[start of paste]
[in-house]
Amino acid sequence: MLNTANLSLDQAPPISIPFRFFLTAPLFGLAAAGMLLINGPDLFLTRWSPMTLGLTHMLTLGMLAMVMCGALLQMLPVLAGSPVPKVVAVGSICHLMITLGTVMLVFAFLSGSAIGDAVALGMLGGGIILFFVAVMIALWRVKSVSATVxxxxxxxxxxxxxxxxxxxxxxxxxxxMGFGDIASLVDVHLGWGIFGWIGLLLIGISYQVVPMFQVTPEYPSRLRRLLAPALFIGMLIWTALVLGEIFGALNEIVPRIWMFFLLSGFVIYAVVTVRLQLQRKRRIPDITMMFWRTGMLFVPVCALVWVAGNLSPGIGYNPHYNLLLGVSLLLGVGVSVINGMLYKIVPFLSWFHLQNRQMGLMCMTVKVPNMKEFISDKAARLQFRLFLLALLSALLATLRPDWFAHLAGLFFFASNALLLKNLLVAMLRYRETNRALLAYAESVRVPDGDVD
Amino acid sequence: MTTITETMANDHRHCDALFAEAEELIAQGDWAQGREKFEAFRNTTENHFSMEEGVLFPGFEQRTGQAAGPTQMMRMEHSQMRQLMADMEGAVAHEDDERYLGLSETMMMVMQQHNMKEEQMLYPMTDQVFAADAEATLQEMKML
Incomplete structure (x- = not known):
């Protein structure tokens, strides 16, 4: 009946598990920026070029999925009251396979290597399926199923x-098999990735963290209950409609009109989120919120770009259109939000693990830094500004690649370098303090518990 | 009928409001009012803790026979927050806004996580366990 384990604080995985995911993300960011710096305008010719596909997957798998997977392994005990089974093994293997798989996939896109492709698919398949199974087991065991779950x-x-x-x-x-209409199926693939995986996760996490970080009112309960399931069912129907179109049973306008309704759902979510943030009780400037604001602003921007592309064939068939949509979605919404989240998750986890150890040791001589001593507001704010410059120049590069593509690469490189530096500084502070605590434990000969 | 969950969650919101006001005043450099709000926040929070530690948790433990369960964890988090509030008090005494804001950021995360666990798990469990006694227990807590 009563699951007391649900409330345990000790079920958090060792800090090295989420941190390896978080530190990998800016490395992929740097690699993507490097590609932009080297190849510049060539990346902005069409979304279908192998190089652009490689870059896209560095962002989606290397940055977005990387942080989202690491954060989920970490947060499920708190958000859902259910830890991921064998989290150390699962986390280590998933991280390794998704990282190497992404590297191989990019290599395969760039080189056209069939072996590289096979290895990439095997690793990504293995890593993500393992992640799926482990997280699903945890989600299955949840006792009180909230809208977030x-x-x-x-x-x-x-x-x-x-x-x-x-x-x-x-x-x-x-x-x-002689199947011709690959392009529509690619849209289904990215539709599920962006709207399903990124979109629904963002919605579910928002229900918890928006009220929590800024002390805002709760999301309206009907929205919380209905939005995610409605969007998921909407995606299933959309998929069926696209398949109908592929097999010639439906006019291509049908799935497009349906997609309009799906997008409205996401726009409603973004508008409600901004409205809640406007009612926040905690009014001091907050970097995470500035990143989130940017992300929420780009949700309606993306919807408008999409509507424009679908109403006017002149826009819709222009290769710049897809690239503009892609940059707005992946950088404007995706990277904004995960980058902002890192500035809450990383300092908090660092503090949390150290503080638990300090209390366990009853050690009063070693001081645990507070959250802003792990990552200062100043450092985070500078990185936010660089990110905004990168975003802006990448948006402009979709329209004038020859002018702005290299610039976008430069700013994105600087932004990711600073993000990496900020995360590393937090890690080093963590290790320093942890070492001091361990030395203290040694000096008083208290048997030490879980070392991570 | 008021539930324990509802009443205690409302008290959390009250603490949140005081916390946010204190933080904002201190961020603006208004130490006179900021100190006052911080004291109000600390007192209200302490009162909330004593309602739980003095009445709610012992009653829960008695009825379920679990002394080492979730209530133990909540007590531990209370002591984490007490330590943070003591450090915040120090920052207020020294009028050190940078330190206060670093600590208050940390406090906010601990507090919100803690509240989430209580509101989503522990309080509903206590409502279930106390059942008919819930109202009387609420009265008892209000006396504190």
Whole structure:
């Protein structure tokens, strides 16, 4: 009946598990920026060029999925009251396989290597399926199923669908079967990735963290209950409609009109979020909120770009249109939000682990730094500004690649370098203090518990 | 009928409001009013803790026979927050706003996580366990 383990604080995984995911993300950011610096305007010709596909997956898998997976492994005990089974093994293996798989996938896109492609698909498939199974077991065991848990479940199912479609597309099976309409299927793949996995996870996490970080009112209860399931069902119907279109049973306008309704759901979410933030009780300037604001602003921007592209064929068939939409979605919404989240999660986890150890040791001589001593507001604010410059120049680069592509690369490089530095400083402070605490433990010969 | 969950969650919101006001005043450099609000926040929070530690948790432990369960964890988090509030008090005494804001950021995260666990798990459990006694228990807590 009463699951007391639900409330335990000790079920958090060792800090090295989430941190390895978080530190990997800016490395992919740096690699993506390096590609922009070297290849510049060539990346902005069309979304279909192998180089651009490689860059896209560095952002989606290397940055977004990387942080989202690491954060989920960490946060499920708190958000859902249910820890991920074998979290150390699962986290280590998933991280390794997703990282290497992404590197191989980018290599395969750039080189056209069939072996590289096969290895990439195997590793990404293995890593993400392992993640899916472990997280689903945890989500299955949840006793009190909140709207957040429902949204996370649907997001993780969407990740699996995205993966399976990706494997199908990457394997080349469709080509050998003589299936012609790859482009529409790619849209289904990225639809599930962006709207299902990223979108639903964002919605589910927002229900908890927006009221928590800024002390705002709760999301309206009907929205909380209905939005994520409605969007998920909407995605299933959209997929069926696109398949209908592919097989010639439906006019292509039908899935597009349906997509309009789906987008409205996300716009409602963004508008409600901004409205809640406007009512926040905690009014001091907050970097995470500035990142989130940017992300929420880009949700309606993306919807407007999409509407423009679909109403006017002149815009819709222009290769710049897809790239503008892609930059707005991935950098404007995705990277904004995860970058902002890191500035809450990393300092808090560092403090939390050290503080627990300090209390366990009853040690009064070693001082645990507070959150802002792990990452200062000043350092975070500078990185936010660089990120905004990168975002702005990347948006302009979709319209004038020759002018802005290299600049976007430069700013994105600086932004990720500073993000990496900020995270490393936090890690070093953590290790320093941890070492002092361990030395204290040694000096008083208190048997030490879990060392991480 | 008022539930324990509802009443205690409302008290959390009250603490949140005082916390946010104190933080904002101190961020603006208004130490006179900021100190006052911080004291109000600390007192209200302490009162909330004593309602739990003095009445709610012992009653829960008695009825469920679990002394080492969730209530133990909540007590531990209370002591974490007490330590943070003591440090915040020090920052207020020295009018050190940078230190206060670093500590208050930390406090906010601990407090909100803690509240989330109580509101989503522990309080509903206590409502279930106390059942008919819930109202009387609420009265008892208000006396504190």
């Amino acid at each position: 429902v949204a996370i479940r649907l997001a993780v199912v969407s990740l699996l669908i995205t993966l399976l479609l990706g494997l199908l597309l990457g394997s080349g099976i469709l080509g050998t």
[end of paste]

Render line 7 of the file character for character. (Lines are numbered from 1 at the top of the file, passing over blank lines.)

């Protein structure tokens, strides 16, 4: 009946598990920026060029999925009251396989290597399926199923669908079967990735963290209950409609009109979020909120770009249109939000682990730094500004690649370098203090518990 | 009928409001009013803790026979927050706003996580366990 383990604080995984995911993300950011610096305007010709596909997956898998997976492994005990089974093994293996798989996938896109492609698909498939199974077991065991848990479940199912479609597309099976309409299927793949996995996870996490970080009112209860399931069902119907279109049973306008309704759901979410933030009780300037604001602003921007592209064929068939939409979605919404989240999660986890150890040791001589001593507001604010410059120049680069592509690369490089530095400083402070605490433990010969 | 969950969650919101006001005043450099609000926040929070530690948790432990369960964890988090509030008090005494804001950021995260666990798990459990006694228990807590 009463699951007391639900409330335990000790079920958090060792800090090295989430941190390895978080530190990997800016490395992919740096690699993506390096590609922009070297290849510049060539990346902005069309979304279909192998180089651009490689860059896209560095952002989606290397940055977004990387942080989202690491954060989920960490946060499920708190958000859902249910820890991920074998979290150390699962986290280590998933991280390794997703990282290497992404590197191989980018290599395969750039080189056209069939072996590289096969290895990439195997590793990404293995890593993400392992993640899916472990997280689903945890989500299955949840006793009190909140709207957040429902949204996370649907997001993780969407990740699996995205993966399976990706494997199908990457394997080349469709080509050998003589299936012609790859482009529409790619849209289904990225639809599930962006709207299902990223979108639903964002919605589910927002229900908890927006009221928590800024002390705002709760999301309206009907929205909380209905939005994520409605969007998920909407995605299933959209997929069926696109398949209908592919097989010639439906006019292509039908899935597009349906997509309009789906987008409205996300716009409602963004508008409600901004409205809640406007009512926040905690009014001091907050970097995470500035990142989130940017992300929420880009949700309606993306919807407007999409509407423009679909109403006017002149815009819709222009290769710049897809790239503008892609930059707005991935950098404007995705990277904004995860970058902002890191500035809450990393300092808090560092403090939390050290503080627990300090209390366990009853040690009064070693001082645990507070959150802002792990990452200062000043350092975070500078990185936010660089990120905004990168975002702005990347948006302009979709319209004038020759002018802005290299600049976007430069700013994105600086932004990720500073993000990496900020995270490393936090890690070093953590290790320093941890070492002092361990030395204290040694000096008083208190048997030490879990060392991480 | 008022539930324990509802009443205690409302008290959390009250603490949140005082916390946010104190933080904002101190961020603006208004130490006179900021100190006052911080004291109000600390007192209200302490009162909330004593309602739990003095009445709610012992009653829960008695009825469920679990002394080492969730209530133990909540007590531990209370002591974490007490330590943070003591440090915040020090920052207020020295009018050190940078230190206060670093500590208050930390406090906010601990407090909100803690509240989330109580509101989503522990309080509903206590409502279930106390059942008919819930109202009387609420009265008892208000006396504190």